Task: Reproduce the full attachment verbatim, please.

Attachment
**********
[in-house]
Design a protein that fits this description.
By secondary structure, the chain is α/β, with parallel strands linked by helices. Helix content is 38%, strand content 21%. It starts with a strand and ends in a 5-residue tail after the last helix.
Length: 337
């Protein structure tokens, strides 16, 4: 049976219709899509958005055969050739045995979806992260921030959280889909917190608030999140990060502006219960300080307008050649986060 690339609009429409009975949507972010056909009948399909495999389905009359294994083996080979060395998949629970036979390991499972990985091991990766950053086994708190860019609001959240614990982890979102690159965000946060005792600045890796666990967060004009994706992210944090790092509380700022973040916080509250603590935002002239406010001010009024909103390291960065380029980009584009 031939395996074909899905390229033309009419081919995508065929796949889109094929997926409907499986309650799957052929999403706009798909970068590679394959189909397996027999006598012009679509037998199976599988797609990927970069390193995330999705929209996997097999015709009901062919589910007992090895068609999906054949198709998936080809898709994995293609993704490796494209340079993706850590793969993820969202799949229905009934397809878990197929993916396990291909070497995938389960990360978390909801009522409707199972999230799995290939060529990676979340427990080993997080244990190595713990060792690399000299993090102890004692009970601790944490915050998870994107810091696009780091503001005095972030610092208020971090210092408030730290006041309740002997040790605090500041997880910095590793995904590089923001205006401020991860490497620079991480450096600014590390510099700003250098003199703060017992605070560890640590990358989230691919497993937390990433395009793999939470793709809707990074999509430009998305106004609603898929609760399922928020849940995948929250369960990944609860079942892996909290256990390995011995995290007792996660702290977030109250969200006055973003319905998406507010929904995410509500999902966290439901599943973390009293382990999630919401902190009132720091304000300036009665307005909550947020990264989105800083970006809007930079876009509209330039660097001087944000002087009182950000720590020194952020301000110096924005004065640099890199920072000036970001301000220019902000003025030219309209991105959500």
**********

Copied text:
[in-house]
Design a protein that fits this description.
By secondary structure, the chain is α/β, with parallel strands linked by helices. Helix content is 38%, strand content 21%. It starts with a strand and ends in a 5-residue tail after the last helix.
Length: 337
């Protein structure tokens, strides 16, 4: 049976219709899509958005055969050739045995979806992260921030959280889909917190608030999140990060502006219960300080307008050649986060 690339609009429409009975949507972010056909009948399909495999389905009359294994083996080979060395998949629970036979390991499972990985091991990766950053086994708190860019609001959240614990982890979102690159965000946060005792600045890796666990967060004009994706992210944090790092509380700022973040916080509250603590935002002239406010001010009024909103390291960065380029980009584009 031939395996074909899905390229033309009419081919995508065929796949889109094929997926409907499986309650799957052929999403706009798909970068590679394959189909397996027999006598012009679509037998199976599988797609990927970069390193995330999705929209996997097999015709009901062919589910007992090895068609999906054949198709998936080809898709994995293609993704490796494209340079993706850590793969993820969202799949229905009934397809878990197929993916396990291909070497995938389960990360978390909801009522409707199972999230799995290939060529990676979340427990080993997080244990190595713990060792690399000299993090102890004692009970601790944490915050998870994107810091696009780091503001005095972030610092208020971090210092408030730290006041309740002997040790605090500041997880910095590793995904590089923001205006401020991860490497620079991480450096600014590390510099700003250098003199703060017992605070560890640590990358989230691919497993937390990433395009793999939470793709809707990074999509430009998305106004609603898929609760399922928020849940995948929250369960990944609860079942892996909290256990390995011995995290007792996660702290977030109250969200006055973003319905998406507010929904995410509500999902966290439901599943973390009293382990999630919401902190009132720091304000300036009665307005909550947020990264989105800083970006809007930079876009509209330039660097001087944000002087009182950000720590020194952020301000110096924005004065640099890199920072000036970001301000220019902000003025030219309209991105959500």